Richland County Sheriff Leon Lawson Lott, Jr., made history this year — not only for himself but, as he is quick to point out, the nearly 900-employee Richland County Sheriff’s Department he leads, the communities RCSD serves, and more broadly the state of the South Carolina.
In June, Sheriff Lott was named National Sheriff of the Year 2021 by the National Sheriffs’ Association. A month later, he was awarded South Carolina Sheriff of the Year 2021 by the S.C. Sheriffs’ Association. The reasons were and are myriad: everything from RCSD’s high-tech innovations to in-house programs that have served as models for other law enforcement agencies nationwide to robust community outreach efforts within Richland County, and so much more.
The National Sheriff of the Year award, officially the NSA Ferris E. Lucas Award for Sheriff of the Year, was a first for Lott and the state of South Carolina. Until this year, no sheriff from the Palmetto State had ever received the award. Additionally, this is the second time Lott has been named South Carolina Sheriff of the Year; he first received the lofty award in 2005.
“Two such awards within the span of two months is tremendously rewarding,” says Lott. “Make no mistake, though — these two awards are not nearly as much about me as they are about the department, the communities we serve, and the state.”
As if the two personal awards were not enough, in late July Sheriff Lott and RCSD were jointly presented the Employer Support of the Guard and Reserve Extraordinary Employer Support Award from the U.S. Department of Defense. The ESGR Extraordinary Employer Support Award recognizes previous recipients of the Secretary of Defense Employer Support Freedom Award, which RCSD received in 2013. Only 280 employers nationwide have received an ESGR Freedom Award since the award’s inception in 1996. Freedom Award winners are selected annually from approximately 3,000-plus nominations from across the nation. As such, RCSD is the first and only recipient of the Defense Department award in South Carolina, another first for the Palmetto State.
It’s all a result of hard work on the part of RCSD deputies and other employees and a culture of excellence that permeates every section, division, and jurisdictional region within the department, says Lott.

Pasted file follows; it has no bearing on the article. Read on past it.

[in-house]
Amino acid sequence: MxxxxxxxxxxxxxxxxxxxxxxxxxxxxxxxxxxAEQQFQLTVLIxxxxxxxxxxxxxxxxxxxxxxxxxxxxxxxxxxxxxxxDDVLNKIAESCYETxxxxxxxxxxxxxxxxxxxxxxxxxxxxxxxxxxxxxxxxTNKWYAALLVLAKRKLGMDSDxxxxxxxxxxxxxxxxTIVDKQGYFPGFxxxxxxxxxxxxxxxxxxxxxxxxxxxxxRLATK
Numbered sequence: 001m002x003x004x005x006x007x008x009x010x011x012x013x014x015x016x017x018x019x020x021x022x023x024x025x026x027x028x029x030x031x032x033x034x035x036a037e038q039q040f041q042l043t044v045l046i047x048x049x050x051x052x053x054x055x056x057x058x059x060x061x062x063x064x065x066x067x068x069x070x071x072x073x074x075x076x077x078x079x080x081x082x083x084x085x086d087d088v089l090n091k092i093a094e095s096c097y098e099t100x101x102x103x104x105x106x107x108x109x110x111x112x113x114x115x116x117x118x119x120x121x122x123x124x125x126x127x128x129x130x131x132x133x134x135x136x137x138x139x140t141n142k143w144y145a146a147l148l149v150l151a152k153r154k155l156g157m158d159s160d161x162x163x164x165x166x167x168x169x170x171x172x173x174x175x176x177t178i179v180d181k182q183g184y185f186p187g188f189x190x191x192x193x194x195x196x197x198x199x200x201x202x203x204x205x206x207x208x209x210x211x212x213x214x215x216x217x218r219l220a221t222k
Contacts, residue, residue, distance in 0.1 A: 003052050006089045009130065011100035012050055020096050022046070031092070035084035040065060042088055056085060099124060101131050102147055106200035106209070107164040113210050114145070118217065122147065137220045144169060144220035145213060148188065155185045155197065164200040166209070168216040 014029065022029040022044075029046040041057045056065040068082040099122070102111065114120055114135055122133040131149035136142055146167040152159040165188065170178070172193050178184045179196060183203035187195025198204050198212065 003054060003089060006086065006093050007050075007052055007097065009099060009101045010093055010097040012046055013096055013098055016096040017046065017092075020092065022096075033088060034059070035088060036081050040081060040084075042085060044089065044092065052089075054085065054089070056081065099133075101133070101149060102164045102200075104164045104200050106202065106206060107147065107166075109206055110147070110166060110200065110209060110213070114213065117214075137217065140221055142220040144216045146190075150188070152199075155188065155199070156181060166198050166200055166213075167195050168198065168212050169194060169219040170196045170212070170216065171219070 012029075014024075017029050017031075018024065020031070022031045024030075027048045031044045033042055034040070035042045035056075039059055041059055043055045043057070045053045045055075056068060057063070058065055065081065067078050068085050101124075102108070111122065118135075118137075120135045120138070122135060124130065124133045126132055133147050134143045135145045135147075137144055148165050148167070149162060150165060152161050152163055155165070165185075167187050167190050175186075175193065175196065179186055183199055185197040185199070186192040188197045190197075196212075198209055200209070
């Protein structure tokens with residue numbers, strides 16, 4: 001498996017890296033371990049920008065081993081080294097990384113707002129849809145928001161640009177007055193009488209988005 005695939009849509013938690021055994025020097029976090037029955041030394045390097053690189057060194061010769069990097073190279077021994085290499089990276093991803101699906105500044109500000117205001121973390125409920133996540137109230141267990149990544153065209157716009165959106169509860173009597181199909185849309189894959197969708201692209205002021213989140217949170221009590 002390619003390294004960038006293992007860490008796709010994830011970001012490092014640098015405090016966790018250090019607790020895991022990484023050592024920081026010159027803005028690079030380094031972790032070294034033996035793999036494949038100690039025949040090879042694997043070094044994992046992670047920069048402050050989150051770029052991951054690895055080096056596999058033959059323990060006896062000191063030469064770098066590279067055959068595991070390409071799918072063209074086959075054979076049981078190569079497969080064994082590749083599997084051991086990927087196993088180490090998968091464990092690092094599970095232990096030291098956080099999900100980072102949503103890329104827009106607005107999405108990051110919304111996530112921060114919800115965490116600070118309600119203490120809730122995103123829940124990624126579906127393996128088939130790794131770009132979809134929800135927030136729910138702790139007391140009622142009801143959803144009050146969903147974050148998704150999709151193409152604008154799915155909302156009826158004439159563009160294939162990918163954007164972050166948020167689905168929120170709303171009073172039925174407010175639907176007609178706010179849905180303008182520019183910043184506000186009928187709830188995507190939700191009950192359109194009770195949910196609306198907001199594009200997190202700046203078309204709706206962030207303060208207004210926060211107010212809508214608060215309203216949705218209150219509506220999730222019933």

“It also reflects the fact that RCSD has the best command climate in the nation,” says retired U.S. Army Col. Kevin Shwedo, the current civilian aide to the Secretary of the Army and the executive director of the S.C. Department of Motor Vehicles. “Command climate is a combination of organizational culture established and enforced from the leadership and a desire for excellence in the ranks.”
That command climate, of course, begins with Lott, who has spent 46 years in law enforcement, a quarter century of that time as the seven-times elected sheriff of Richland County.
Born in Aiken in 1953, Lott was the typical all-American boy. “I lived for sports — football and baseball — and also rabbit hunting, bird hunting, and fishing,” says Lott, who described his earliest hunting excursions as a boy armed with a BB gun who bagged all manner of birds. “I was taught you don’t kill anything you don’t eat. I’d shoot sparrows and blackbirds, then clean them, and my mama would cook them for me.”
Lott spent much of his childhood on his grandfather’s farm near the tiny town of Vaucluse in the Horse Creek Valley just outside of Aiken, where, when he was not hunting or throwing a ball, he milked cows, tended a garden, and generally helped his parents and grandparents do whatever needed to be done. Considered a responsible boy, Lott got his first shotgun, a Mossberg .410 bolt-action, for Christmas when he was 10 years old. “I still have that shotgun,” he says. “It’s the one McKenzie [his youngest daughter] learned to shoot.”
The following Christmas in 1964, Lott received a King James version of the Bible. He still has that treasured gift, too. In fact, that Bible is the very one he has used for his seven swearing-in ceremonies as sheriff since 1997.
Christmases were always a big deal for the Lott family, he says. “They still are. Then and now we’ve always had huge Christmases with a lot of family and lots of presents.”
Lott’s father’s family has deep South Carolina roots, but his mother’s family was from Chicago. “So every summer we’d go to Chicago, and while there we’d attend as many Chicago White Sox games as possible,” says Lott. “I became a huge White Sox fan. Still am.”
As a teenager, Lott played wide receiver on the Aiken High School football team and pitcher on the Aiken High School baseball team. He first learned to drive a tractor, then his dad’s pickup truck. His first car was the family’s Ford Galaxy 500, which was passed down to him. “My first real car was a turquoise 1968 Mustang, later a green 1970 Pontiac Formula 400,” he says.
It was during Lott’s high school years that the Vietnam War was raging, and he wanted to serve his country. “My plan after high school was to join the Marine Corps,” says Lott. “After a few years in the Marines, I would go to college and then I would become a cop.”
That plan changed when a high school girlfriend learned Lott was going into the Marines. “She had lost a brother in Vietnam, and when I told her I was going into the Marines, she broke down and wept,” Lott says. “So I didn’t do it, and her reaction to my initial decision probably saved my life.”
He adds, “I lost friends who were older than I in Vietnam. I also lost friends to drugs who either died or went to prison during that period of time.” Lott graduated from high school in 1971, and entered the University of South Carolina Aiken, where he pitched for the college’s baseball team.